While there are many reasons employees leave or stay, the data reveals some critical factors that, left unaddressed, will only exacerbate the situation:
- #1 reason people leave their jobs is high stress/burn-out
- 44% of full-time employees are burned out, and 61% say they are somewhat burned out
Growth (or the lack of it):
- 29% of employees leave for lack of growth opportunities
- 80% of employees don’t believe their company offers growth opportunities
- Half of employees believe it’s the employer’s job to grow them (rather than their own responsibility)
- 54% of employees don’t feel they have the skills needed for today
- 49% of high-performing employees say they stay in their jobs because of strong relationships at work
All statistics come from the past year and the most current sources:
- Human Resources Today
- EBRI Trends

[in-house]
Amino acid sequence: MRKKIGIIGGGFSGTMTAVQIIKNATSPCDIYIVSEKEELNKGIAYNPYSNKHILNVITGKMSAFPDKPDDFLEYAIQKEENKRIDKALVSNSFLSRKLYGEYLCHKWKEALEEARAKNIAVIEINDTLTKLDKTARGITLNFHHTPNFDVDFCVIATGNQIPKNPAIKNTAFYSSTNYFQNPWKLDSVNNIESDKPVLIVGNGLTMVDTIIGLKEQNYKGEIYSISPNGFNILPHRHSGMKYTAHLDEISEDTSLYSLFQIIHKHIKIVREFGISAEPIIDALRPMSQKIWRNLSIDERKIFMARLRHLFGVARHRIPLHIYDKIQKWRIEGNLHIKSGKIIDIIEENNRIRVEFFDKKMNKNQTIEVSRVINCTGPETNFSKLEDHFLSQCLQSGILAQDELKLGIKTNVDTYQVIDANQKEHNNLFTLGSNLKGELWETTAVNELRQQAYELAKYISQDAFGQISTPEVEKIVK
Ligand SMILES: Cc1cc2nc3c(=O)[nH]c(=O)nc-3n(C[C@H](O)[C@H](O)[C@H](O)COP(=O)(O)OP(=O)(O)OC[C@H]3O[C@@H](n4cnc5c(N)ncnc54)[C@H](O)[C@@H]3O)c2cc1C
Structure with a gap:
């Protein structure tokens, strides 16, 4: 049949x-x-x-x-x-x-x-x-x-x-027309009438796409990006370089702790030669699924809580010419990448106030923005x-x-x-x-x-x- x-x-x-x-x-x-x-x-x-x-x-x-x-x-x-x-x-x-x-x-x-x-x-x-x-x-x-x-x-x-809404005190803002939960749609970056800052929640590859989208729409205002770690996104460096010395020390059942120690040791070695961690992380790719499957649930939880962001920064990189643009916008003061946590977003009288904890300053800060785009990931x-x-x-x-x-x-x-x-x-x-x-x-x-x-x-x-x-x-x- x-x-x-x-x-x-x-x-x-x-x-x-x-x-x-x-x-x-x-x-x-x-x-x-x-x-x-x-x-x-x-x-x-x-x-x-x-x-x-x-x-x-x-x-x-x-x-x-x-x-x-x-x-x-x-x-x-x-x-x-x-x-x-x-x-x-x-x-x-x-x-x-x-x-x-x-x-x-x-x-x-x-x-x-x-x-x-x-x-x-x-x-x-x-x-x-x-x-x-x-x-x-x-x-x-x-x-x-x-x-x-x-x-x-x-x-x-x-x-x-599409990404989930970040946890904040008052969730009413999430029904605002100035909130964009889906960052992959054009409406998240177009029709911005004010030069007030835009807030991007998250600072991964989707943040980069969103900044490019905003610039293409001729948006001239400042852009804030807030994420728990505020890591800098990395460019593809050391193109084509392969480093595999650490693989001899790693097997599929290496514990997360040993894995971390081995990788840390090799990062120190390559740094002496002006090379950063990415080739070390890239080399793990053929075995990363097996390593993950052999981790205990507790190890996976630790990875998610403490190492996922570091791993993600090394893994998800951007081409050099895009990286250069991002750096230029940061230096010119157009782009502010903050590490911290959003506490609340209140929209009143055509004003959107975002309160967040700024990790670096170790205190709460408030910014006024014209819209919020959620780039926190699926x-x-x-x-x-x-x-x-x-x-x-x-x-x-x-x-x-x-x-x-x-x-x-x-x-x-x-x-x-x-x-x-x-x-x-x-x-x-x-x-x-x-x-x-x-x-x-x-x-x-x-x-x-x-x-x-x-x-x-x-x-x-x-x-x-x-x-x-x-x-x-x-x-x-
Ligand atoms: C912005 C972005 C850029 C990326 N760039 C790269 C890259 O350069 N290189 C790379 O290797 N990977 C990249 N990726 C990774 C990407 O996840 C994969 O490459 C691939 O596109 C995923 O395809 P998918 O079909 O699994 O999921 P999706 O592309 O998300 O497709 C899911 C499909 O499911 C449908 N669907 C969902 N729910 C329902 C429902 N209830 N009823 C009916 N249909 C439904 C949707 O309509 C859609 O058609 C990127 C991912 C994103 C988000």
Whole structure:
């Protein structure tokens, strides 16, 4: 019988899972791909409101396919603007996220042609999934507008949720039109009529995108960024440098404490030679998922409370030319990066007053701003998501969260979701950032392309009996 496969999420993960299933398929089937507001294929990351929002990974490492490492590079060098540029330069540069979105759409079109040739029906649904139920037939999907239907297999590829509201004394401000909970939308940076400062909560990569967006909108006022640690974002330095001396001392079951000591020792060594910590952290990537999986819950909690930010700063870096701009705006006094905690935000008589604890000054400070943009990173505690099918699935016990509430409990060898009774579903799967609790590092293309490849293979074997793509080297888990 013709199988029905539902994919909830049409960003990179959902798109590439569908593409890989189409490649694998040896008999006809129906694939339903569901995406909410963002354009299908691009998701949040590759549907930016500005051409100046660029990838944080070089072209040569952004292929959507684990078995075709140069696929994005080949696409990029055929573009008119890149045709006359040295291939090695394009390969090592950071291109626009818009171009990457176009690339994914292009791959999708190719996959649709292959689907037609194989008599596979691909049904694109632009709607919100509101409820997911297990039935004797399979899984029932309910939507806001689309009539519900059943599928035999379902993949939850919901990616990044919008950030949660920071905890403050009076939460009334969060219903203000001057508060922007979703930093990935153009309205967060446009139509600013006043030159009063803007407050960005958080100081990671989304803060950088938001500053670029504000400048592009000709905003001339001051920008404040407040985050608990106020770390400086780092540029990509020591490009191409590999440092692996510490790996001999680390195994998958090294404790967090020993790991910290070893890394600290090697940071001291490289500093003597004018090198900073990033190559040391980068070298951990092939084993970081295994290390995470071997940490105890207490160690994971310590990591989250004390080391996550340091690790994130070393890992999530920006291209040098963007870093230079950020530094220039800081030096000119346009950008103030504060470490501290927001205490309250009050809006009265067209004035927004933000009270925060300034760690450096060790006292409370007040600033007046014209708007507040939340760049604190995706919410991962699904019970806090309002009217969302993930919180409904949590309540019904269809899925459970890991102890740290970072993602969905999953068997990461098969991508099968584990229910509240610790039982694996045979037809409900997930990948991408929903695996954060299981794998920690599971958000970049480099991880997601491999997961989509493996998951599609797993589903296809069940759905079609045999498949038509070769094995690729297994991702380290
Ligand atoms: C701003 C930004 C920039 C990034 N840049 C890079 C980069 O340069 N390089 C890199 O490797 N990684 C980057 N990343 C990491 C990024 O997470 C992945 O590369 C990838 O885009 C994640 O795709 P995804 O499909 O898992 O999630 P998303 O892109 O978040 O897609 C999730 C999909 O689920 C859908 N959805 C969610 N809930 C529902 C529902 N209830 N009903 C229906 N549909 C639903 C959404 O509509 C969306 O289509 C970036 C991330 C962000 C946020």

- U.S. Bureau of Labor Statistics
My team transformed!
“My team transformed! We became a totally different team. We moved from a culture of blame and toxicity to one of personal accountability…I could have not done what have done as a team without the critical engagement…of DeAnna and her team.”
Former Vice President of Strategy
United Healthcare Inc.
(A Fortune 5 Company)
The Spanish Flu and Roaring 20s: Economic Recovery Post-Pandemic
With 166 million, or 50.5% of the American population, having received the full dose of a COVID-19 vaccine (as of the writing of this article), sighs of relief are being heard across the country, as well as high hopes that economic fallout from the scourge starting in 2020 is in our rear view mirror. Since the pandemic began, analysts, historians, and researchers in several disciplines have been interviewed by the media and officials to make comparisons and contrasts to the Spanish Flu pandemic of 1918.